The Discontinuity Guide
The Past Doctor Adventures
The King of Terror
(Features the Fifth Doctor, Tegan, and Turlough between The Awakening and Frontios)
Author: Keith Topping
Editor: Justin Richards
Roots: V. The title comes from a quotation from Nostradamus. The Brigadier quotes Wellington. The Doctor reads The Times. The television program Space 2693 is presumably meant to be a sequel to Space: 1999.
There are references to the Guardian, Sky Sports, Silk Cut, Margaret Thatcher, Homer Simpson, the Daily Mirror, the Quatermass serials (British Rocket Group), Rudyard Kipling, New Scientist, Joseph Turner, Stewart Granger, The X-Files, Star Trek: Voyager, Citroën, the Beatles, Burger King, Denzel Washington's performance in Malcolm X, Goebbels, Disney, Picasso's The Blind Girl, Don Quixote, The Omen, Aleister Crowley, Noddy Holder, Star Trek, Cybill Shepherd, Alias Smith and Jones, USA Today, the Sex Pistols, Nineteen Eighty-Four, Mary Poppins, Ferdinand Magellan, Amerigo Vespucci, Neiman-Marcus, Galileo, Copernicus, Sherlock Holmes, Marxism, Oasis, Yes, Genesis, the Jam, the Clash, the Buzzcocks, Boards of Canada, Bridge on the River Kwai, "New York, New York", "The Tracks of My Tears", Jack Daniels, Oscar Wilde, The Legend of Sleepy Hollow, Deliverance, Kepler, Herschel, Isaac Newton, Elvis Presley, Beck's "Loser", James Bond, M*A*S*H, The Midwich Cuckoos, The Wild Bunch, Tennyson's The Charge of the Light Brigade, The Italian Job, Def Leppard, The War of the Worlds, Gardener's Question Time, Michaelangelo, da Vinci, Shakespeare, Mozart, Whatever Happened to the Likely Lads?, Star Wars, Humphrey Bogart, Steve McQueen, Bob Dylan, Otis Redding, Nelson Mandela, the Moonbase 3 episode 'View of a Dead Planet', and the BBC.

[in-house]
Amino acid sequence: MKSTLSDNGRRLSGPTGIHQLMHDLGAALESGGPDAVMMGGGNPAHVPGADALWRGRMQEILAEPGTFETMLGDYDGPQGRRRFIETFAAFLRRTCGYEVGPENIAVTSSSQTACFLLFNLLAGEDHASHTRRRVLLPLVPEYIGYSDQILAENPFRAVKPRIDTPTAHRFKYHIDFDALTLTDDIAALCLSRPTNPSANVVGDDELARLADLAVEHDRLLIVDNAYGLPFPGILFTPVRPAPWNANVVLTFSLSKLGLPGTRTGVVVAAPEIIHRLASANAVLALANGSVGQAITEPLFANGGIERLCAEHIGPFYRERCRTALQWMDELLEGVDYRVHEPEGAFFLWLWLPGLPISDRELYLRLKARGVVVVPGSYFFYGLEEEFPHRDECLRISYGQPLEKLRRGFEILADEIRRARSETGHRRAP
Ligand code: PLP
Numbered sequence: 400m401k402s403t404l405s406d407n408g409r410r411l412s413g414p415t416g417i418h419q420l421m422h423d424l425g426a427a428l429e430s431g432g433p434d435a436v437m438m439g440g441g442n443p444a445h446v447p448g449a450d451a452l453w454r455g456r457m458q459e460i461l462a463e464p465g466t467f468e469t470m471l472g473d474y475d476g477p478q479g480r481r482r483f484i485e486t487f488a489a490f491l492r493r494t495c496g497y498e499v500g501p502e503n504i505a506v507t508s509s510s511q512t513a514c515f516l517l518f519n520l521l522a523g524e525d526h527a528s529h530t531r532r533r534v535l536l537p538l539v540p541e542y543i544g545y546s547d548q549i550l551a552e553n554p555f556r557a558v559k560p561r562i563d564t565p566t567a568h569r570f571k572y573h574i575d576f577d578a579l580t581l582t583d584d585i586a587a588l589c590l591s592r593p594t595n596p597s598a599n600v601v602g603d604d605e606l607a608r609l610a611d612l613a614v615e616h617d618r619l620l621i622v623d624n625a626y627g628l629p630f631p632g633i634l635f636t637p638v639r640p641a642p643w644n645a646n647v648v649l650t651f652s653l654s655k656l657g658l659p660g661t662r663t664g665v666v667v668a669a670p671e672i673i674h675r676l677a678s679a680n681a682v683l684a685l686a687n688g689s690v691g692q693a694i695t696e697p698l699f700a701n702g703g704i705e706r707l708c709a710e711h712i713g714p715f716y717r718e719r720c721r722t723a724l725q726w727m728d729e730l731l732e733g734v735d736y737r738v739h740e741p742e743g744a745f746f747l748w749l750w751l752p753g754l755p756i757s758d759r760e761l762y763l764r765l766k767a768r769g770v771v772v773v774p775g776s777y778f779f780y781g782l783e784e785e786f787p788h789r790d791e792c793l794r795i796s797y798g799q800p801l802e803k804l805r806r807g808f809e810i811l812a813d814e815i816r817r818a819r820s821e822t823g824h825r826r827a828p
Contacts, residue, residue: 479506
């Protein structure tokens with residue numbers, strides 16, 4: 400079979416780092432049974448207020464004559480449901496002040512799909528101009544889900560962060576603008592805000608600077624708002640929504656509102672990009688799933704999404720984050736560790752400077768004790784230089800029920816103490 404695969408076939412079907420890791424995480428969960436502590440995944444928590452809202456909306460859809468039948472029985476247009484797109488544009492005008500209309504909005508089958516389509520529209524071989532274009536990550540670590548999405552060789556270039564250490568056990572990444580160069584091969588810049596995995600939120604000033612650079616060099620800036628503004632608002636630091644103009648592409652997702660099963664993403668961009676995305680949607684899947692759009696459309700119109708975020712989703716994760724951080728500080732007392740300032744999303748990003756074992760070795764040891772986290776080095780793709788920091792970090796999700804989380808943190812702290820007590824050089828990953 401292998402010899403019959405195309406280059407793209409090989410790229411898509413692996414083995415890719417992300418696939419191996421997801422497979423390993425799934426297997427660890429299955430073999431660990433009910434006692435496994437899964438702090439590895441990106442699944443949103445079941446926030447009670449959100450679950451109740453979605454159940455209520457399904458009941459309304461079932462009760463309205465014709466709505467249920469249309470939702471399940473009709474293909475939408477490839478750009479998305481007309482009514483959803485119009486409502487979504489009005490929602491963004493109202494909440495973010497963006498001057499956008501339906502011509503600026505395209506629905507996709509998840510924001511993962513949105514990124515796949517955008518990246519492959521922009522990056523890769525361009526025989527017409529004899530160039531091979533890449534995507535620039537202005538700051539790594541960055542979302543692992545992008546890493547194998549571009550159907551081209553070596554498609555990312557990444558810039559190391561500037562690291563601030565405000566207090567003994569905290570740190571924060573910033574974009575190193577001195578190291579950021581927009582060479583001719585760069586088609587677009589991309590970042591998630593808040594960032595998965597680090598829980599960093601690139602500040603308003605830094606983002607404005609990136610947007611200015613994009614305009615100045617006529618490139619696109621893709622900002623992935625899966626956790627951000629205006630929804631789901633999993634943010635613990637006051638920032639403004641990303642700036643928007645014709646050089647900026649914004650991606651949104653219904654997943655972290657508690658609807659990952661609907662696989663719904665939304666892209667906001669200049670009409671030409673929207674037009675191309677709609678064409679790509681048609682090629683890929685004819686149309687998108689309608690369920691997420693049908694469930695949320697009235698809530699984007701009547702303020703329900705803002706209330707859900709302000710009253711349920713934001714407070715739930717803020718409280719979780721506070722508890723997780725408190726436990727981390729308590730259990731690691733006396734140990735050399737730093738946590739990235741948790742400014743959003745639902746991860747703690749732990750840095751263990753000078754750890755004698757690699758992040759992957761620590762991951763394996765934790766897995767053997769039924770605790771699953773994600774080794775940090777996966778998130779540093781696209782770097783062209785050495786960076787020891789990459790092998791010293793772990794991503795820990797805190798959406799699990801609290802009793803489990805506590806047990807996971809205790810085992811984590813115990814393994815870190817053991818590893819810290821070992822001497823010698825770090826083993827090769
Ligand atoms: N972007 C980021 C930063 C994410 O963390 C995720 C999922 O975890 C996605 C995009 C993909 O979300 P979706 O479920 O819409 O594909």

Goofs: The Fifth Doctor knows that the Brigadier is married to Doris, despite not learning about it until Battlefield.
Turlough drinks eight beers in a bar in Los Angeles, chats up local girls, and is apparently interested in American football. That's Turlough. Right...
According to Keith Topping, Johnny Chester's wife is an older Tegan post-Resurrection of the Daleks, and Johnny recognises the younger Tegan here. And yet nobody, not even the Johnny Chester-obsessed Dave Milligan, comments on her similarity to Chester's wife, or even notes that they have the same name.
The Brigadier apparently still has the space-time telegraph (Revenge of the Cybermen, Terror of the Zygons), so why doesn't he use it to contact the Doctor instead of leaving cryptic adverts in New Scientist?
In Chapter Twenty-One, the Doctor starts quoting his second incarnation for no apparent reason.
Double Entendres: "Take a man round the rear, Sergeant".
Dialogue Disasters: Ooh, lots and lots. Most of Paynter's macho dialogue, but especially "We're the Force, son, and we ain't had our breakfast".
Tegan's dialogue here includes such out-of-character gems as "Flis had, like, all of her claws into the only boy I fancied, Gary Lovarik, so I resigned from the human race", whilst Turlough gets to snarl "Die, you bitch, die!"
"The price of this art is junkies and whores".